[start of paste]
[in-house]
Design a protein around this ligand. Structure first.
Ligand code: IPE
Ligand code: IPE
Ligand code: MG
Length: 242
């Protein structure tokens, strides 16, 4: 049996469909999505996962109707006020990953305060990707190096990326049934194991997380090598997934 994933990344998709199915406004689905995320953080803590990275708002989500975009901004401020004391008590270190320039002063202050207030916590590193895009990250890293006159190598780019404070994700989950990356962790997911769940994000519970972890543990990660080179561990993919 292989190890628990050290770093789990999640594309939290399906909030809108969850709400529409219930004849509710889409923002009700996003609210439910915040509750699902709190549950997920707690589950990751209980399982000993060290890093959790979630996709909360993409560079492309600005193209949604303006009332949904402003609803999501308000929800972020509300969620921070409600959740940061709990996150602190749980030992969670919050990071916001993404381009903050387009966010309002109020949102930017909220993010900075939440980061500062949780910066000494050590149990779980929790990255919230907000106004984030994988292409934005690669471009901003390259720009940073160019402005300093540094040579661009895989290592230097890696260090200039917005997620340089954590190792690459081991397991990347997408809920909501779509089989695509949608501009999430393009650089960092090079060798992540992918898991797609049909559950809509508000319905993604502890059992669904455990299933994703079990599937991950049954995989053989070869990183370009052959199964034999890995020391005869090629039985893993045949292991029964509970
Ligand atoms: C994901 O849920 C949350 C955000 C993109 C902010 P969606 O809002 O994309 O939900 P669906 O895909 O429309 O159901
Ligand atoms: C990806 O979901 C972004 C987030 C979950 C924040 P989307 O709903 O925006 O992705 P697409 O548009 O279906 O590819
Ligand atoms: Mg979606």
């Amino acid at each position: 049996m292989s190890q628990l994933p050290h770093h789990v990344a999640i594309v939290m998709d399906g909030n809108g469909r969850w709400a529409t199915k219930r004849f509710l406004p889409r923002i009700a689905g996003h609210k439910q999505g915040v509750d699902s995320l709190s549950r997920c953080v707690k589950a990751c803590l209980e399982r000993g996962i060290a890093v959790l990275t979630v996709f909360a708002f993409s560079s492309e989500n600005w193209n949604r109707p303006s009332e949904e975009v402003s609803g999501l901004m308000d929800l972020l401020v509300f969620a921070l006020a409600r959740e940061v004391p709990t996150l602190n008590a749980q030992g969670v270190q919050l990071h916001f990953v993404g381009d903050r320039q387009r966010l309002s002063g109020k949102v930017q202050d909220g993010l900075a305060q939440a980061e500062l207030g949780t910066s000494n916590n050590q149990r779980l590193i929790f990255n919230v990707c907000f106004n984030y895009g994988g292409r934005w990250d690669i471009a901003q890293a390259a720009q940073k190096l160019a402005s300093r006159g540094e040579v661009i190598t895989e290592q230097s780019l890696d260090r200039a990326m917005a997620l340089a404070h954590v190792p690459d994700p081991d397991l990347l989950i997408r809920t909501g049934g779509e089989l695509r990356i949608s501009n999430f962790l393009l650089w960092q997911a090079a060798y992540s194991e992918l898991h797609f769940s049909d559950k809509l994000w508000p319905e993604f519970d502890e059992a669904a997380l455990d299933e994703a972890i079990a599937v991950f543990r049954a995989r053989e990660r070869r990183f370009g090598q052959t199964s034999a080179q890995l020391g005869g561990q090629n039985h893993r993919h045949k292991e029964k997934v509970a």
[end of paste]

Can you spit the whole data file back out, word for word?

[in-house]
Design a protein around this ligand. Structure first.
Ligand code: IPE
Ligand code: IPE
Ligand code: MG
Length: 242
């Protein structure tokens, strides 16, 4: 049996469909999505996962109707006020990953305060990707190096990326049934194991997380090598997934 994933990344998709199915406004689905995320953080803590990275708002989500975009901004401020004391008590270190320039002063202050207030916590590193895009990250890293006159190598780019404070994700989950990356962790997911769940994000519970972890543990990660080179561990993919 292989190890628990050290770093789990999640594309939290399906909030809108969850709400529409219930004849509710889409923002009700996003609210439910915040509750699902709190549950997920707690589950990751209980399982000993060290890093959790979630996709909360993409560079492309600005193209949604303006009332949904402003609803999501308000929800972020509300969620921070409600959740940061709990996150602190749980030992969670919050990071916001993404381009903050387009966010309002109020949102930017909220993010900075939440980061500062949780910066000494050590149990779980929790990255919230907000106004984030994988292409934005690669471009901003390259720009940073160019402005300093540094040579661009895989290592230097890696260090200039917005997620340089954590190792690459081991397991990347997408809920909501779509089989695509949608501009999430393009650089960092090079060798992540992918898991797609049909559950809509508000319905993604502890059992669904455990299933994703079990599937991950049954995989053989070869990183370009052959199964034999890995020391005869090629039985893993045949292991029964509970
Ligand atoms: C994901 O849920 C949350 C955000 C993109 C902010 P969606 O809002 O994309 O939900 P669906 O895909 O429309 O159901
Ligand atoms: C990806 O979901 C972004 C987030 C979950 C924040 P989307 O709903 O925006 O992705 P697409 O548009 O279906 O590819
Ligand atoms: Mg979606």
């Amino acid at each position: 049996m292989s190890q628990l994933p050290h770093h789990v990344a999640i594309v939290m998709d399906g909030n809108g469909r969850w709400a529409t199915k219930r004849f509710l406004p889409r923002i009700a689905g996003h609210k439910q999505g915040v509750d699902s995320l709190s549950r997920c953080v707690k589950a990751c803590l209980e399982r000993g996962i060290a890093v959790l990275t979630v996709f909360a708002f993409s560079s492309e989500n600005w193209n949604r109707p303006s009332e949904e975009v402003s609803g999501l901004m308000d929800l972020l401020v509300f969620a921070l006020a409600r959740e940061v004391p709990t996150l602190n008590a749980q030992g969670v270190q919050l990071h916001f990953v993404g381009d903050r320039q387009r966010l309002s002063g109020k949102v930017q202050d909220g993010l900075a305060q939440a980061e500062l207030g949780t910066s000494n916590n050590q149990r779980l590193i929790f990255n919230v990707c907000f106004n984030y895009g994988g292409r934005w990250d690669i471009a901003q890293a390259a720009q940073k190096l160019a402005s300093r006159g540094e040579v661009i190598t895989e290592q230097s780019l890696d260090r200039a990326m917005a997620l340089a404070h954590v190792p690459d994700p081991d397991l990347l989950i997408r809920t909501g049934g779509e089989l695509r990356i949608s501009n999430f962790l393009l650089w960092q997911a090079a060798y992540s194991e992918l898991h797609f769940s049909d559950k809509l994000w508000p319905e993604f519970d502890e059992a669904a997380l455990d299933e994703a972890i079990a599937v991950f543990r049954a995989r053989e990660r070869r990183f370009g090598q052959t199964s034999a080179q890995l020391g005869g561990q090629n039985h893993r993919h045949k292991e029964k997934v509970a």